- The company’s total revenue is $34 billion
- Stocks move in the opposite direction when paying a premium
- After the pandemic, volumes of packaging groups retreated
DUBLIN, Sept 12 (Reuters) – Ireland’s Smurfette Kappa ( SKG.I ) is buying U.S. rival Westrock ( WRK.N ) for $11 billion, creating the world’s biggest paper and packaging company and trying to better navigate the weak economies on both sides. Atlantic.
The deal would combine Europe’s largest paper and packaging maker with the United States’ second largest to create a company valued at nearly $20 billion.
Smurfit Kappa shares fell 10% in pre-market trading on Tuesday, while shares of WestRock rose 7.2%, as analysts said the premium the Irish company paid was more than its investors had expected.
WestRock shareholders will receive one share in the new company, called Smurfit WestRock, and $5 in cash for each share they hold, amounting to $43.51 per share, the companies said in a statement.
Analysts at JP Morgan and Jefferies questioned the 36% premium to Westrock’s $31.88 closing price on Sept. 6 — the day before the talks were released. JP Morgan said most investors it spoke to took a 15%-20% premium.
The deal represents a 28% premium to Monday’s closing price and Smurfit Kappa finance chief Ken Bowles, who will hold the same role in the new company, told Reuters it was a more normal market rate but not a key part of the deal.
“The two companies come together at a multiple, which if you add $5, is about seven times more. That’s far less than any transaction in the industry in years past, most of which were in the double digits,” Bowles said.
“We’re not putting it together at the top of the cycle, we’re not putting it together at the bottom. It’s in that sweet spot, where we feel there are more great times to come.”
Smurfit Kappa CEO Tony Smurfit and chairman Irial Finan will also retain their roles in the new company, which Bowles said began talks over the past eight months.
Smurfit Kappa shareholders will receive one new Smurfit WestRock share for each share they hold. They are expected to own 50.4% of the new company following the deal’s completion, which is expected in the second quarter of 2024.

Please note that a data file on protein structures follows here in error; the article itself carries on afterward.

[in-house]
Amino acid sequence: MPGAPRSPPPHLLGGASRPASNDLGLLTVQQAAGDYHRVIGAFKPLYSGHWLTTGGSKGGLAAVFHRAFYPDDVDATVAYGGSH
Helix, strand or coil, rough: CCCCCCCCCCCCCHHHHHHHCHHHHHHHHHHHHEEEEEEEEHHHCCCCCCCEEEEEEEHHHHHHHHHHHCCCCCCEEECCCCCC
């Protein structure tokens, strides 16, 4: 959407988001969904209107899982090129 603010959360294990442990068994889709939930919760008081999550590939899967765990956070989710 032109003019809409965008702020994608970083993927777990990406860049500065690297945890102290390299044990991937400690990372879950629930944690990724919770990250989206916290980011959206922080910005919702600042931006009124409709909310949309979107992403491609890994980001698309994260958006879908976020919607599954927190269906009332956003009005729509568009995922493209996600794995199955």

He doesn’t see any reliability issues with the limited overlap between Smurfit Kappa’s European, South and Central America-dominated operations and WestRock’s US footprint, except for Mexico, which the companies will work to overcome.
A covid hangover
Packaging companies benefited from a surge in demand for goods and e-commerce during the Covid-19 lockdowns, but struggled to match those volumes as consumers resumed spending on services and producers began reducing packaged stocks.
Smurfit Kappa last month reported a fall in first-half core profit as it struggled to offset a decline in volumes, but forecast customer inventory cuts will end up pushing up box prices again as demand recovers.
Westrock beat Wall Street expectations for third-quarter profit, but said it would focus on streamlining its portfolio and further cutting costs.
JP Morgan estimates that the combined entity will have a market share of around 20% in the corrugated packaging market in Europe and North America.
The companies’ combined adjusted core profit of $5.5 billion and revenue of about $34 billion for the year ended June 30 clearly outstrips nearest rivals International Paper ( IP.N ) and Ball Corp ( BALL.N ).
Smurfette rejected a $9.5 billion takeover offer from Kappa International Paper in 2018.
The combined company will target pre-tax cost savings of more than $400 million by the end of the first full year following completion of approximately $235 million in one-time cash costs.
It said the deal could generate more than 20% of Smurfit Kappa’s earnings per share. Bowles said he believes the synergies will eventually exceed that figure.
Smurfette Westrock will be based in low-tax Ireland with its global headquarters in Dublin. It will be listed in New York and will have a permanent listing on the London Stock Exchange.
Smurfit Kappa has been delisted from Euronext Dublin, the latest blow to the Irish stock market as construction materials giant CRH prepares to exit later this month.
Reporting by Padraic Halp in Dublin, Yatarisa Shabong, Juveria Tabasum and Ananya Mariam Rajesh in Bengaluru Editing by Jason Neely and Mark Potter
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